ASIC Releases Guidelines on ICO and Crypto Asset Licensing

The agency clarified the classification of digital assets as financial products.

The Australian Securities and Investment Commission (ASIC) on Thursday released guidelines to clarify the classification and legality of initial coin offerings (ICOs) and crypto assets.

The agency specified various regulatory signposts to be adopted by the crypto asset participants and answered questions like the things to be considered during the issuance of an ICO and the scenarios under which it will be considered as a financial product.

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The guidelines, however, only detailed the requirements a crypto business needs to follow under the country’s Corporations and ASIC Act, and did not cover Australian legislation administered by other regulators who oversee ICOs and crypto-assets including the Australian Transaction Reports and Analysis Centre (AUSTRAC) and the Australian Taxation Office (ATO).

Licensing is mandatory

According to ASIC, if a crypto asset falls under the category of a financial product, the issuing company or any other third-party dealing with such products need to hold an Australian financial services (AFS) license. The miners, in that case, will be considered as a part of the clearing and settlement process.

ASIC defined financial products as “entities and their advisers need to consider all the rights and features of the ICO (regardless of how it is named and marketed) in determining whether the crypto-asset is a financial product or involves a financial product.”

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Any exchange dealing in such products will have to comply with Australian financial market laws and will have to hold all the necessary licenses.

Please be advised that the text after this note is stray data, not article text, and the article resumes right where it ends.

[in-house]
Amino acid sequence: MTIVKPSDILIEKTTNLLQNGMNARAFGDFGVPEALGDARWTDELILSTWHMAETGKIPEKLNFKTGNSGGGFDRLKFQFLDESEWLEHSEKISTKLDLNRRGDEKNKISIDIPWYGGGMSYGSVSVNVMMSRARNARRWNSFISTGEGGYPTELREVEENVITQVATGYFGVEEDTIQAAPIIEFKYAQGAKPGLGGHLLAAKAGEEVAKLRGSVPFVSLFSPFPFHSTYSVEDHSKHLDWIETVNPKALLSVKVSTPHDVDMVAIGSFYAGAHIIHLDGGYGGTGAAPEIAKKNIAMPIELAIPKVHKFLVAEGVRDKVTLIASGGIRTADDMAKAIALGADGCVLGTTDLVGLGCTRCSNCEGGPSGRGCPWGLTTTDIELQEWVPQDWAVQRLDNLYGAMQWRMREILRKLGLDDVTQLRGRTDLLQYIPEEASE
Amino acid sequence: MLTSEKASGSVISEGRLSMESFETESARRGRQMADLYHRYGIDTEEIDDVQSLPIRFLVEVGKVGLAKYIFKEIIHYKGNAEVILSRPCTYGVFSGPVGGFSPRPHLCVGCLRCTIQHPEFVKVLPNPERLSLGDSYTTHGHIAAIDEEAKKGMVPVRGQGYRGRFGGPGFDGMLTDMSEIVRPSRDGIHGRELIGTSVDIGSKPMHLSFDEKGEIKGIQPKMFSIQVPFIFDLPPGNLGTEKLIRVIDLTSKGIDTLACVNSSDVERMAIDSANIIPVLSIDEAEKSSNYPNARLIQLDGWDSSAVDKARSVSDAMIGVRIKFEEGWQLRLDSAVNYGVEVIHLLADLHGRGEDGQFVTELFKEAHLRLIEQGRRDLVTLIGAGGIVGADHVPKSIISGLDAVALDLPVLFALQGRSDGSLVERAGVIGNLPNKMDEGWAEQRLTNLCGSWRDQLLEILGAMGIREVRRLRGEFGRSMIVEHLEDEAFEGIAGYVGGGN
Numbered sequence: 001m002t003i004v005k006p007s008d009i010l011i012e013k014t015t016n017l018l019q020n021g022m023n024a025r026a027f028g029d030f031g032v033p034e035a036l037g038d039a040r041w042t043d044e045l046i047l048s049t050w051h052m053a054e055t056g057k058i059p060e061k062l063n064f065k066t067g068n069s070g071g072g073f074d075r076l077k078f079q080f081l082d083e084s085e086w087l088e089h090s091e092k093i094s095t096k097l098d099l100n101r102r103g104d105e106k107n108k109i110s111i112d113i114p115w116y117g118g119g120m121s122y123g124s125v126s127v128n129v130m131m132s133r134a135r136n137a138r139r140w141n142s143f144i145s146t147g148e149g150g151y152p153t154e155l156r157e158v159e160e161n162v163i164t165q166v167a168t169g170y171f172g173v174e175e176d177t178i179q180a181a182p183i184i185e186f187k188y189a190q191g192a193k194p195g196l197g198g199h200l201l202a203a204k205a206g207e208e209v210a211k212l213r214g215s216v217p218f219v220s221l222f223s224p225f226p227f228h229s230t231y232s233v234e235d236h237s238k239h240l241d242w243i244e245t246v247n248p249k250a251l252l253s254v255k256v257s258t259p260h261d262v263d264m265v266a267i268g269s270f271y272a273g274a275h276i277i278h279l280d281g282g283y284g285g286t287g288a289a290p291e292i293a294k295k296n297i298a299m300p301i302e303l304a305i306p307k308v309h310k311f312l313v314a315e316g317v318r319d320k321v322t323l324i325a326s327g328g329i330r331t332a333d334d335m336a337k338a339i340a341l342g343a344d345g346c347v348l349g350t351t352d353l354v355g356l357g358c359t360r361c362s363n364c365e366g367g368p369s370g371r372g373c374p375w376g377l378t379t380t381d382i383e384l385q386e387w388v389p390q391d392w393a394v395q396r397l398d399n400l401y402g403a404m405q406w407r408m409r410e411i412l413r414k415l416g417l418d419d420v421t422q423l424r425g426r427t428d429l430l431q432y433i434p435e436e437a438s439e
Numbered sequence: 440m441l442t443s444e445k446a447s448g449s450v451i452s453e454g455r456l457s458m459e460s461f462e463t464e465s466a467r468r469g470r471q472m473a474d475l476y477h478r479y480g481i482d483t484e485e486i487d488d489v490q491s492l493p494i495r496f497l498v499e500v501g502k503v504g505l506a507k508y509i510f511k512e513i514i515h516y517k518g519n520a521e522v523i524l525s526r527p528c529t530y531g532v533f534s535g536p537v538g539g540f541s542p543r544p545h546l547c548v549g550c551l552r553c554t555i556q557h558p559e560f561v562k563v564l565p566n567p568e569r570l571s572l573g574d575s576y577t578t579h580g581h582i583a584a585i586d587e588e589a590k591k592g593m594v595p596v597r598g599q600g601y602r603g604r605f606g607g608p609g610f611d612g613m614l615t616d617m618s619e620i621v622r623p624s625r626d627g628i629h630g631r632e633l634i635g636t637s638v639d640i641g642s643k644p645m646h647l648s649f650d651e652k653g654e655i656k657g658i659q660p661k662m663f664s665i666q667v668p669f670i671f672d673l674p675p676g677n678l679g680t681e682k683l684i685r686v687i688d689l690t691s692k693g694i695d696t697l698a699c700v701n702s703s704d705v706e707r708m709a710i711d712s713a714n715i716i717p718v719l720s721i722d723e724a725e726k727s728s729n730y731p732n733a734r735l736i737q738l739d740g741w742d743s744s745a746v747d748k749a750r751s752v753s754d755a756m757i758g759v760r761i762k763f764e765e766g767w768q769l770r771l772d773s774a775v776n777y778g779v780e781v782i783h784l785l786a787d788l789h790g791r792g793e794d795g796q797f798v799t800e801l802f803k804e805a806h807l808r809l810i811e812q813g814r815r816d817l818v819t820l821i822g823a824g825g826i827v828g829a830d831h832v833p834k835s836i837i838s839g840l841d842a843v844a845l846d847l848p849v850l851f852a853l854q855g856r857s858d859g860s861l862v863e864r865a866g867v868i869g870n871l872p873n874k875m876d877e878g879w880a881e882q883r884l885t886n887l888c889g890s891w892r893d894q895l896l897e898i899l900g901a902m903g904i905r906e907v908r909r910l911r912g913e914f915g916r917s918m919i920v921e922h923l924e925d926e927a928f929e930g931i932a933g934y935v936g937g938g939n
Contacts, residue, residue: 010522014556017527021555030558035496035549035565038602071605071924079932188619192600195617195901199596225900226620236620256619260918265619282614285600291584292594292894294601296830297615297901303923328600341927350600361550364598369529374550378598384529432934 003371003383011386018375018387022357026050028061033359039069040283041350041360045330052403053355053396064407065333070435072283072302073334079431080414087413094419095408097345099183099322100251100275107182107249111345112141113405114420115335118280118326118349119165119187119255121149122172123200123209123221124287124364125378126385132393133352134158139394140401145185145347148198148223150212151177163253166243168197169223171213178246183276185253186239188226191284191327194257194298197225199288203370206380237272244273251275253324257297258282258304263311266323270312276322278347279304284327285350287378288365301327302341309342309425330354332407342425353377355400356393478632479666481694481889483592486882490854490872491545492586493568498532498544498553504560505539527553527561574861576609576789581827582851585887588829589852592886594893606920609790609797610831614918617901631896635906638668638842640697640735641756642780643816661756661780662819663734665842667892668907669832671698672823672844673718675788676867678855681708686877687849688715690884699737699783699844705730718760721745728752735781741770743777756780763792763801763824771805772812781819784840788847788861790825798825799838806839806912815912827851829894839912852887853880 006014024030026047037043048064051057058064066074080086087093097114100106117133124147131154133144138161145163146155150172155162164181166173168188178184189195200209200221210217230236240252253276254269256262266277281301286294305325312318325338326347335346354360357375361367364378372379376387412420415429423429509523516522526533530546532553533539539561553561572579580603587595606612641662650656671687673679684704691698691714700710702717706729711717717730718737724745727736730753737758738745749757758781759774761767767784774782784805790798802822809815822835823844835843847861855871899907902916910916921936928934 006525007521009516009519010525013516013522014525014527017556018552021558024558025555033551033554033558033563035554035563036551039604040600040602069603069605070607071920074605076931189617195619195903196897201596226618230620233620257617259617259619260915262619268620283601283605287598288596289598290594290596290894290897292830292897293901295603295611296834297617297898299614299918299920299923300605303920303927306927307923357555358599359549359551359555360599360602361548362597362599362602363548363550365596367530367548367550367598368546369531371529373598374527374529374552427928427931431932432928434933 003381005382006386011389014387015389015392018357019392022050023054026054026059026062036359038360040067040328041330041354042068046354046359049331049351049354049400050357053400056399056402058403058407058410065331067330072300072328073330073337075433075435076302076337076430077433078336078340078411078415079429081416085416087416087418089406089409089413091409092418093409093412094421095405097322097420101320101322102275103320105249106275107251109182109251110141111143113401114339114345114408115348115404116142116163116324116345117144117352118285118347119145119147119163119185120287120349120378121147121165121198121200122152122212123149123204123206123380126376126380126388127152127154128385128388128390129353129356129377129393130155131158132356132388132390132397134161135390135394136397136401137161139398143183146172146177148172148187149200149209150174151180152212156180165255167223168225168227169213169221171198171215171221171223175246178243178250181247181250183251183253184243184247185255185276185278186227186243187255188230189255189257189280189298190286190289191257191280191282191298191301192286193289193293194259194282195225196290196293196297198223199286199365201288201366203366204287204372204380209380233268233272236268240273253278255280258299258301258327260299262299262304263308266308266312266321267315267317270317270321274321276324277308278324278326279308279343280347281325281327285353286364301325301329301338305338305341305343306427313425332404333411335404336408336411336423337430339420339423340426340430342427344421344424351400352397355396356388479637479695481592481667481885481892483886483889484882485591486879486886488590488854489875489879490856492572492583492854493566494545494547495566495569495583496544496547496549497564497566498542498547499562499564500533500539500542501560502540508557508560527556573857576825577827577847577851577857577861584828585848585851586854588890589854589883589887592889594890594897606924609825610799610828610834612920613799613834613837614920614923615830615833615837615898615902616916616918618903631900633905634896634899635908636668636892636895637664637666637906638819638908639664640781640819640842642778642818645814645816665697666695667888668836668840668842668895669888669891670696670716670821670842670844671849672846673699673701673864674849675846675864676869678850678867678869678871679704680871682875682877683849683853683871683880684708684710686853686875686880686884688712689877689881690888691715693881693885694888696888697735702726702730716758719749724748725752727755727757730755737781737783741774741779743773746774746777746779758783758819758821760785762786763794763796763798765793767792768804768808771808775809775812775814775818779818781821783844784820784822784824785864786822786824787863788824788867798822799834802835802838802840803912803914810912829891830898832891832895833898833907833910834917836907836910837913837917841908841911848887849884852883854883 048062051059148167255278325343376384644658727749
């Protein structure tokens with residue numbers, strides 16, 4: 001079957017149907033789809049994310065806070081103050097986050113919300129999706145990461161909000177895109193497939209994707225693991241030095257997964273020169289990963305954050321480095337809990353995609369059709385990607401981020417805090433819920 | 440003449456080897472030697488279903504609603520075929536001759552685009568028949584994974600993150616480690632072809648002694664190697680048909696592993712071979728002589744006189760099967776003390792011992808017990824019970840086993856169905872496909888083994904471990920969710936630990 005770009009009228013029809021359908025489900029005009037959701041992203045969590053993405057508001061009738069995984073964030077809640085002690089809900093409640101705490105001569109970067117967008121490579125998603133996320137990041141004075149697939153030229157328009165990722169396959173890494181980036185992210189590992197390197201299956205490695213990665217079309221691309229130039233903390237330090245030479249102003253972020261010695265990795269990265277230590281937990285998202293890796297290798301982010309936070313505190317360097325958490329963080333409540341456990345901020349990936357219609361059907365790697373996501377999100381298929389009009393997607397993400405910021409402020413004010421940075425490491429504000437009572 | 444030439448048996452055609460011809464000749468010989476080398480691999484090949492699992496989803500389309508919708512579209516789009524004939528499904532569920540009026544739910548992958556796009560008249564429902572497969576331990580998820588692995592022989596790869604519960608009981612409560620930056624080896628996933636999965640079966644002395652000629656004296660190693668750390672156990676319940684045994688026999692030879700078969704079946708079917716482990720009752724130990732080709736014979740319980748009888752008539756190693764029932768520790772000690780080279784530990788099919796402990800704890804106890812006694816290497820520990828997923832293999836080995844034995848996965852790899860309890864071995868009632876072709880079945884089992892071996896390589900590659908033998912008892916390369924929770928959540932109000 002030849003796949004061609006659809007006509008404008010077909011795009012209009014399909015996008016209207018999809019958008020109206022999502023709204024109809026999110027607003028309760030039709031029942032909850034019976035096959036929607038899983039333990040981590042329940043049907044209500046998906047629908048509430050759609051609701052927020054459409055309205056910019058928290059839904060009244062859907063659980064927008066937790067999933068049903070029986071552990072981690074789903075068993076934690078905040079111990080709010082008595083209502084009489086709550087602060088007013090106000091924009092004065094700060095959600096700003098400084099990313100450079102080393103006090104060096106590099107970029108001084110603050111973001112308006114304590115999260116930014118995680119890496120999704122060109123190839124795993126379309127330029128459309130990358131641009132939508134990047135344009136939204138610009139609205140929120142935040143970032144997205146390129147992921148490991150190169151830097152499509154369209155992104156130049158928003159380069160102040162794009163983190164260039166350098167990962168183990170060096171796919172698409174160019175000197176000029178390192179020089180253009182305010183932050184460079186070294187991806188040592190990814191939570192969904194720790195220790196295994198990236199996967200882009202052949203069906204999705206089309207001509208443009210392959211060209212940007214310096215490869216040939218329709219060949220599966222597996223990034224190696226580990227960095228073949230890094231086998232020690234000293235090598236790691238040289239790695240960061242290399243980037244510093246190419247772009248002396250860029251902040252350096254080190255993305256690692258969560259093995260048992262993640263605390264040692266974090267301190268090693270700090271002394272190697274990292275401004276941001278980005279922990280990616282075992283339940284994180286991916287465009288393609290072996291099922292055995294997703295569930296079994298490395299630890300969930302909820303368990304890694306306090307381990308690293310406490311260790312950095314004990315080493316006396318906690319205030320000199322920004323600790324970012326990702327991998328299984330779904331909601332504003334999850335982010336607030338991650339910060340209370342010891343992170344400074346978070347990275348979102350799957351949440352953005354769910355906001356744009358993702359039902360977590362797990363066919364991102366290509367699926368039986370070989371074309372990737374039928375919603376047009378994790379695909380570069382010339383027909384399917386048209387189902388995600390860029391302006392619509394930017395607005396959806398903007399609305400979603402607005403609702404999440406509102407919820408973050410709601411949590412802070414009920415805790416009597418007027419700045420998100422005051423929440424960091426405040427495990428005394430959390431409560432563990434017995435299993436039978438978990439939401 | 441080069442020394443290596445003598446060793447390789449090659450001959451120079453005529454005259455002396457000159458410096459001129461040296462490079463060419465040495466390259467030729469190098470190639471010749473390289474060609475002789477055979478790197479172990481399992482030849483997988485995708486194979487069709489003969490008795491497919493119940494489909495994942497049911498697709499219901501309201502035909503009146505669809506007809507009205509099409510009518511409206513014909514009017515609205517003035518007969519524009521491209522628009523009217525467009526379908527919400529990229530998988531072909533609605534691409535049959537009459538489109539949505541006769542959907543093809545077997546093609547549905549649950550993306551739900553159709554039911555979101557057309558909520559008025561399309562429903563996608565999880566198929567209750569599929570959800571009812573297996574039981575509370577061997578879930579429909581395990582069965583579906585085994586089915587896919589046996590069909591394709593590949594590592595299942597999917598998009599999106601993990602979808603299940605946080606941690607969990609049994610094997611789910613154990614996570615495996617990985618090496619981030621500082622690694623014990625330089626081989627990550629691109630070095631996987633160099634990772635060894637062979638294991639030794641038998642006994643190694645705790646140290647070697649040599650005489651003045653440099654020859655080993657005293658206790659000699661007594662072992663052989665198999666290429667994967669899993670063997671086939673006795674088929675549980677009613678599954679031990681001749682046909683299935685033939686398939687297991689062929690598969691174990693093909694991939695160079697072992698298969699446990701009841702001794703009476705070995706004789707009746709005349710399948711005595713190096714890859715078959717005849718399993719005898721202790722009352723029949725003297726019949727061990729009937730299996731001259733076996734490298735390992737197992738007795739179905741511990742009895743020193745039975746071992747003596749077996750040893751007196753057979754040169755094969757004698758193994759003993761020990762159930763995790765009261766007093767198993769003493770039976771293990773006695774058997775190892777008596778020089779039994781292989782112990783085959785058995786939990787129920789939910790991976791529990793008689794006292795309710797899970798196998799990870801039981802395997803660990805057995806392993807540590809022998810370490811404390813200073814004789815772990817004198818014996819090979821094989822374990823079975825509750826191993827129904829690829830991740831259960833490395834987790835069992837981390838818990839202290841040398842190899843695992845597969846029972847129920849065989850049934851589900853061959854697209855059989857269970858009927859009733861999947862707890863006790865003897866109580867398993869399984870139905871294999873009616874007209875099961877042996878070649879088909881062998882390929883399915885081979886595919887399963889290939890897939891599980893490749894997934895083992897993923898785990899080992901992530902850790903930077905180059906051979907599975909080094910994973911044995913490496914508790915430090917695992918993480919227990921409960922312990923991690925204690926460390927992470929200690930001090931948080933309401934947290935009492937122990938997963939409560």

“Businesses offering crypto-assets, or offering services in relation to crypto-assets, need to undertake appropriate inquiries to satisfy themselves they are complying with all relevant Australian laws,” John Price, ASIC Commissioner, said.

“As a minimum, regardless of whether a financial product is involved in the fundraising, the prohibitions against misleading or deceptive conduct under Australian Consumer Law apply.”

Classifying ICOs

The agency also detailed various details a company needs to follow while issuing an ICO and warned against any deceptive tactics followed by the promoters. It also urged the issuers to ensure whether they are in compliance with the Corporations Act, ASIC Act and the Australian Consumer Law, as well as anti-money laundering (AML) and know your client (KYC) obligations.

“Australian laws will also apply even if the ICO or crypto-asset is promoted or sold to Australians from offshore. Issuers of ICOs, crypto-assets and their advisers should not assume the use of these structures means that key consumer protections under Australian laws do not apply or can be ignored,” Price added

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